Geschrieben von hkarner - 4. Dezember 2013
Source: DER SPIEGEL
Central banks around the world are pumping trillions into the economy. The goal is to stimulate growth, but their actions are also driving up prices in the real estate and equities markets. The question is no longer whether there will be a crash, but when.
When 42-year-old hedge fund manager Mark Spitznagel wants to forget about his high-stakes business for a while, he heads to the goat farm he and his wife Amy purchased in the bucolic hills of Michigan. There, he produces cheese according to environmentally sustainable methods, because he views modern agriculture, with its large-scale pesticide use and automated factory farms, as degenerate. In fact, he says, factory farming is “an ideal metaphor” for the economy.
In Spitznagel’s view, the world’s financial and equities markets are also dysfunctional, and what happens there is unhealthy and anything but sustainable. As a money manager, he has also opted for an alternative business model of sorts: He’s betting on a crash.
For his customers, Spitznagel’s multi-billion-dollar fund acts as an insurance policy against the next meltdown in the financial system. When the market is doing well, they lose modest amounts of money. But they cash in as soon as prices take a nosedive, even when all other investments are going up in smoke.
The hedge fund manager has made a lot of money in the past with his prognoses, and he is convinced that substantial turbulence is on the cards for the near future. “The setup is there for it,” says Spitznagel.
‘It Might Go Badly’ Den Rest des Beitrags lesen »
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Geschrieben von hkarner - 1. Dezember 2013
Source: Project Syndicate
Nouriel Roubini, a professor at NYU’s Stern School of Business and Chairman of Roubini Global Economics, was Senior Economist for International Affairs in the White House’s Council of Economic Advisers during the Clinton Administration. He has worked for the International Monetary Fund, the US Federal Reserve, and the World Bank.
NEW YORK – It is widely agreed that a series of collapsing housing-market bubbles triggered the global financial crisis of 2008-2009, along with the severe recession that followed. While the United States is the best-known case, a combination of lax regulation and supervision of banks and low policy interest rates fueled similar bubbles in the United Kingdom, Spain, Ireland, Iceland, and Dubai. Den Rest des Beitrags lesen »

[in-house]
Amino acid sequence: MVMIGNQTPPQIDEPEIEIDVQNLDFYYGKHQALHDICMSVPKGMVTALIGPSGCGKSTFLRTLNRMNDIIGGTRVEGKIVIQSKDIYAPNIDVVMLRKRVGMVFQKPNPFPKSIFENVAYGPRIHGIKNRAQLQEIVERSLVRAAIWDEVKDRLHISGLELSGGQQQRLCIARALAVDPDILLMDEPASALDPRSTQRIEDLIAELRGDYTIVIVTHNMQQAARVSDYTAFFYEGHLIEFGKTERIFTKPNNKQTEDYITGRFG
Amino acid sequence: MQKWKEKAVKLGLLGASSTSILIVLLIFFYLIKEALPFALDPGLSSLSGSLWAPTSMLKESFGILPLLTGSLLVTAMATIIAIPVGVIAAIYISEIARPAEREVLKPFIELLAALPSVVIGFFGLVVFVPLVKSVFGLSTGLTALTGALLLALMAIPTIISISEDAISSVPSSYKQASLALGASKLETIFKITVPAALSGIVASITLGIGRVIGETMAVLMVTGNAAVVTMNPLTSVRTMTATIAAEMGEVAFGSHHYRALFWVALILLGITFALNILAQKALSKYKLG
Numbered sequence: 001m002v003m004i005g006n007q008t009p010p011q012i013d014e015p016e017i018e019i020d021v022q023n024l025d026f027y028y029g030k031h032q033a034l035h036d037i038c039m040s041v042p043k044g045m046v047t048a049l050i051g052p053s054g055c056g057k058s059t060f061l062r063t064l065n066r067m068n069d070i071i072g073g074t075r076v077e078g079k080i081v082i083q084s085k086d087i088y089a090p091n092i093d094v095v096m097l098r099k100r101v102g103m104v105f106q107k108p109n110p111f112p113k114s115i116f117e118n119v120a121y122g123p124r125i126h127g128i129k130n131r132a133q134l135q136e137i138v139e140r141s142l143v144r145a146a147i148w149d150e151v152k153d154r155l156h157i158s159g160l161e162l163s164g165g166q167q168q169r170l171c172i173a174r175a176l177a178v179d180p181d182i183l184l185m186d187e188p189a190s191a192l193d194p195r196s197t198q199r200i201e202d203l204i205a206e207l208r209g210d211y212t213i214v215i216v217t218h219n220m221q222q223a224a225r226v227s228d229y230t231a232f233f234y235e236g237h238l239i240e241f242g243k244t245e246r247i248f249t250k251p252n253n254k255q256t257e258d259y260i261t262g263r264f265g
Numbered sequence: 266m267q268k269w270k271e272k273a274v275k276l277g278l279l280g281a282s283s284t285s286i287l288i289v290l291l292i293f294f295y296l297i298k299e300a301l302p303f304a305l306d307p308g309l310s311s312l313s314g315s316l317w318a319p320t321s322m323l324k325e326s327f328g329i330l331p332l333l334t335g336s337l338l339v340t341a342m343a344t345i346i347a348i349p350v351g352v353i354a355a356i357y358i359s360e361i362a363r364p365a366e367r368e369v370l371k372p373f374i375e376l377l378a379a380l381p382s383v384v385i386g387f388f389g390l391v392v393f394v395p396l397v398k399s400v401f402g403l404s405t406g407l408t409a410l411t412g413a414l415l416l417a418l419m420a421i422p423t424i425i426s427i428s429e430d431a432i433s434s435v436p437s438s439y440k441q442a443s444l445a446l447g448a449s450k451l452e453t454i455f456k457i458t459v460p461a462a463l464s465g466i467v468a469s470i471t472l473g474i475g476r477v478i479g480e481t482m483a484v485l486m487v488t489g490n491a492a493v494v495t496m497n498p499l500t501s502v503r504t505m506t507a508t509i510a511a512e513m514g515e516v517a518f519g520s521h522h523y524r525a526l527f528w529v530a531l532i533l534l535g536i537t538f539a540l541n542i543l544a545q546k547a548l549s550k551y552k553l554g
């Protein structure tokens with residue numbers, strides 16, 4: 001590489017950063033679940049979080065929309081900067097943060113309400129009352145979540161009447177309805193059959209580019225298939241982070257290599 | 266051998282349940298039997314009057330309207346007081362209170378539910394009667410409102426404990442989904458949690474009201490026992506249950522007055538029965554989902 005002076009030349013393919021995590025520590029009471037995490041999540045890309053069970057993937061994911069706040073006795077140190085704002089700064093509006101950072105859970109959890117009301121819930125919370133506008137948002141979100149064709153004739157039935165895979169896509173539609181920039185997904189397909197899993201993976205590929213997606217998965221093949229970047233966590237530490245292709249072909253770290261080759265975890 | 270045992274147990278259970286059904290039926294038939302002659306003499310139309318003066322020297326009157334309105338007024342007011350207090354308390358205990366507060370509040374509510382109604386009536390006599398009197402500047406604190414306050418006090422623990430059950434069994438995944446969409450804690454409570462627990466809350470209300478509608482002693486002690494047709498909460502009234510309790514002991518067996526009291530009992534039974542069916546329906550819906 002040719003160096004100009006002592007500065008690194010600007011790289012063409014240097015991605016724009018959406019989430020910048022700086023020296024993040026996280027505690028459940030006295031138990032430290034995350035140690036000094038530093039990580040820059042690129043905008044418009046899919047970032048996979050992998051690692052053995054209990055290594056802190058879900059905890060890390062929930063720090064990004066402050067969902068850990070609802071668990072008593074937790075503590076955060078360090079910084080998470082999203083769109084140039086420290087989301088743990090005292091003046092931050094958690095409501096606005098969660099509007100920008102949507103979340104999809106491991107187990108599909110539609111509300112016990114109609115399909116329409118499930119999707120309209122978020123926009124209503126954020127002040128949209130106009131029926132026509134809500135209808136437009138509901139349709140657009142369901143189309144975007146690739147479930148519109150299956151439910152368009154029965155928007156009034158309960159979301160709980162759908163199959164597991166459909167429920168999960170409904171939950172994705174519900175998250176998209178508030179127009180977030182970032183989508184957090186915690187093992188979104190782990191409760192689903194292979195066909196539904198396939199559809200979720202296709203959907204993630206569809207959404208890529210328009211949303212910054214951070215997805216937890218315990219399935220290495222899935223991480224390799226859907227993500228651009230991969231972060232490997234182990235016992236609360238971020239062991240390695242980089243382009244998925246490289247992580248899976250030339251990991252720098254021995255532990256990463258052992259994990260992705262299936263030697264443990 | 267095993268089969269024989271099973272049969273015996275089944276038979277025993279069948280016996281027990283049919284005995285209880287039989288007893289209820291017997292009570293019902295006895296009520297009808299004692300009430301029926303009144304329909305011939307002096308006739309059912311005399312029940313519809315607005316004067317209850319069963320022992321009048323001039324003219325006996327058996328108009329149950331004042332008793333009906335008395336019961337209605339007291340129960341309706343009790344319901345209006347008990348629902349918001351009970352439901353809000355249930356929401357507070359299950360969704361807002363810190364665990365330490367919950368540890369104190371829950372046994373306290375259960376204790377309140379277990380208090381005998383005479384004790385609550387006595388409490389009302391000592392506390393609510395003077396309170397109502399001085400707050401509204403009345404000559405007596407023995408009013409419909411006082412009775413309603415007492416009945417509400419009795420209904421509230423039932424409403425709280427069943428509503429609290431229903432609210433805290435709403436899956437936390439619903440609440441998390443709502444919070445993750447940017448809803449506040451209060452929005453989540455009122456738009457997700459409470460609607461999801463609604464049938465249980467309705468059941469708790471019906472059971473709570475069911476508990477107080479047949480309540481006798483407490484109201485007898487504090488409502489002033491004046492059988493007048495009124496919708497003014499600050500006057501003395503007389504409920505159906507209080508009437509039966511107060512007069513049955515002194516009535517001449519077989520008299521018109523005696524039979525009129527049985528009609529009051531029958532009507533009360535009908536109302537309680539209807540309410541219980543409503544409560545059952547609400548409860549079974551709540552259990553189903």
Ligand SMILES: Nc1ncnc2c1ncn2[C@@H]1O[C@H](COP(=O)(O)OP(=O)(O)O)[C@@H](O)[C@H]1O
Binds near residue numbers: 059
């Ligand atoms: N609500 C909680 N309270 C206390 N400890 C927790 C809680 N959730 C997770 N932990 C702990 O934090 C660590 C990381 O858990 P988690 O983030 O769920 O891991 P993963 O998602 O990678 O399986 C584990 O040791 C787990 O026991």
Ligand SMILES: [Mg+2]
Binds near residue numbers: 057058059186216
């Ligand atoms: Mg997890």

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Geschrieben von hkarner - 26. November 2013
Source: The New York Times
The New York Stock Exchange. The company’s shares are up nearly 60 percent since it went public.
SAN FRANCISCO — It sounds like heresy around here. But here goes: Is this another tech bubble?
Back East, the Wall Street money is starting to worry that it feels like 1999 all over again. Money-losing technology companies are going public at you’ve-got-to-be-joking prices. The founders of Snapchat are getting multibillion-dollar offers — and turning them down. And the Nasdaq composite index, a visible symbol of the ’90s dot-com boom and bust, is a sneeze away from 4,000, a level it last reached just before, well, you know.
It this time different? Out in Silicon Valley, many insist it is. But for the average investor, there are reasons for caution. Den Rest des Beitrags lesen »
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Geschrieben von hkarner - 3. November 2013
– Albert Einstein
Genius is a rising stock market.
– John Kenneth Galbraith
Any plan conceived in moderation must fail when circumstances are set in extremes.
– Prince Metternich